In summary, we discovered a novel function of miR-153 in suppressing breast cancer angiogenesis and a specific regulatory mechanism of miR-153 by hypoxia. miR-153 inhibited the proliferation, migration, and tube formation of primary HUVECs and angiogenesis of the MDA-MB-231 formed xenograft tumor by inhibiting the HIF1α/VEGFA axis by binding to the 3′-UTR of HIF1A mRNA in breast cancer cells. Under hypoxia, ER stress was triggered and the IRE1α/XBP1 pathway was activated. Activated XBP1 transcription factor further induced miR-153 expression by binding to the promoter of a miR-153 host gene PTPRN. Our results imply that miR-153 has the potential to serve as an adjuvant of anti-angiogenesis therapy.
Materials and methods
Cell line, culture, and transfection
HEK293T cell line was cultured in the Dulbecco’s modified Eagle’s medium (DMEM) basic medium (Gibco, Grand Island, USA), which was added with fetal bovine serum (FBS, 10% as the final concentration, Gibco). MCF10A is a breast epithelial cell line, and was cultured in the DMEM/F-12 (1:1) basic medium (Gibco) containing horse serum (5% as the final concentration, Gibco), cholera enterotoxin (0.1 μg/ml), insulin (10 μg/ml), l-glutamine (2 mM), hydrocortisone (0.5 μg/ml), and epidermal growth factor (20 ng/ml). MDA-MB-231 and MDA-MB-231-Luc were maintained in the DMEM/F-12 (1:1) basic medium, which was added with 10 % FBS. HCC1937 was cultured in RPMI-1640 basic medium (Gibco) with 10% FBS. These above cell lines were authenticated by short tandem repeats (STRs) DNA profiling and were not contaminated by mycoplasma. Primary HUVECs were maintained in EGM-2 BulletKit (CC-3162, Lonza, USA). We use the Lipofectamine 2000 reagent (Invitrogen, USA) to transfect cells with plasmids, small interfering RNA (siRNA), miRNA mimics and miRNA inhibitor (Ribobio, Guangzhou, China). The sequences of siRNA targeting are shown in the Supplementary Table 1. The hypoxic condition was created by culturing cells in a hypoxia chamber flushed with 1% O2, 5% CO2, and 94% N2 mixture gas.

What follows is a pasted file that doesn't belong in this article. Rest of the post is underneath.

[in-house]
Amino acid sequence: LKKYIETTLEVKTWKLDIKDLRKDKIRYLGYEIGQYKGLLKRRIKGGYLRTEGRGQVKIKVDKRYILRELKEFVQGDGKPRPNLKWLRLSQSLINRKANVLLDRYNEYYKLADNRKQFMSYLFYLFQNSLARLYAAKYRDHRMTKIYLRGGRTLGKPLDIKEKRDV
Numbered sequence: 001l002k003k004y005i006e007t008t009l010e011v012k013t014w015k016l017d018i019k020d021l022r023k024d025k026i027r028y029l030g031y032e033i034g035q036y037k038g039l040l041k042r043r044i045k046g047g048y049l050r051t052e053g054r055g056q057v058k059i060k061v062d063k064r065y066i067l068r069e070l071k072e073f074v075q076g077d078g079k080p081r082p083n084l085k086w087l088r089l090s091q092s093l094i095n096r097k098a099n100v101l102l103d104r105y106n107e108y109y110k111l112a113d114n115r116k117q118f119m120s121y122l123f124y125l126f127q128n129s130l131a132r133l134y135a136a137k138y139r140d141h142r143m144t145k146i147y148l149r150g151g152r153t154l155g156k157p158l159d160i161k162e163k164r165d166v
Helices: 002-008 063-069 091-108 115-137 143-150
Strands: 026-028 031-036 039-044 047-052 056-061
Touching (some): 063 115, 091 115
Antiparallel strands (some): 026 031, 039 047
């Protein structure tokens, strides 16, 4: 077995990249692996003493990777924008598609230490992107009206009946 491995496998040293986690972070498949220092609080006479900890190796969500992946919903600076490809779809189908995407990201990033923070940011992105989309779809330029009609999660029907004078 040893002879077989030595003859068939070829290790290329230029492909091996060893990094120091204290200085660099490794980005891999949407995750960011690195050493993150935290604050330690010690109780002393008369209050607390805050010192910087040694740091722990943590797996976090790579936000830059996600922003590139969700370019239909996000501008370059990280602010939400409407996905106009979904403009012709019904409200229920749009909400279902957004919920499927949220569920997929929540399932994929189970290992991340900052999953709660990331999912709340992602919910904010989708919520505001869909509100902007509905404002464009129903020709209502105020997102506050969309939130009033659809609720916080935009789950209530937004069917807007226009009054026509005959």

Western blot, antibodies, and reagents
The western blot assay was performed according the protocol described in our previous studies [49, 50]. The anti-HIF1α antibody was purchased from Epitomics (#2015-1, Burlingame, USA) and Cell Signaling (#3716, Beverly, USA). The antibodies of anti-GAPDH (sc-25778) and anti-XBP1 (sc-7160) were purchased from Santa Cruz Biotechnology. The antibodies of anti-β-actin (A5441) and anti-PTPRN (AV45381) were purchased from Sigma-Aldrich. The antibodies of anti-CD31 (ab28364) and anti-ATF6 (ab37149) were purchased from Abcam. The antibodies of anti-IRE1α (#3294), anti-BIP (#3177), and anti-PERK (#5683) were bought from Cell Signaling. TM (11089-65-9) and Cobalt (II) chloride (MB2442) were purchased from Melonepharma (Dalian, China). Actinomycin D (HY-17559) was purchased from MedChem Express (MCE, Shanghai, China).
Dual-luciferase report assays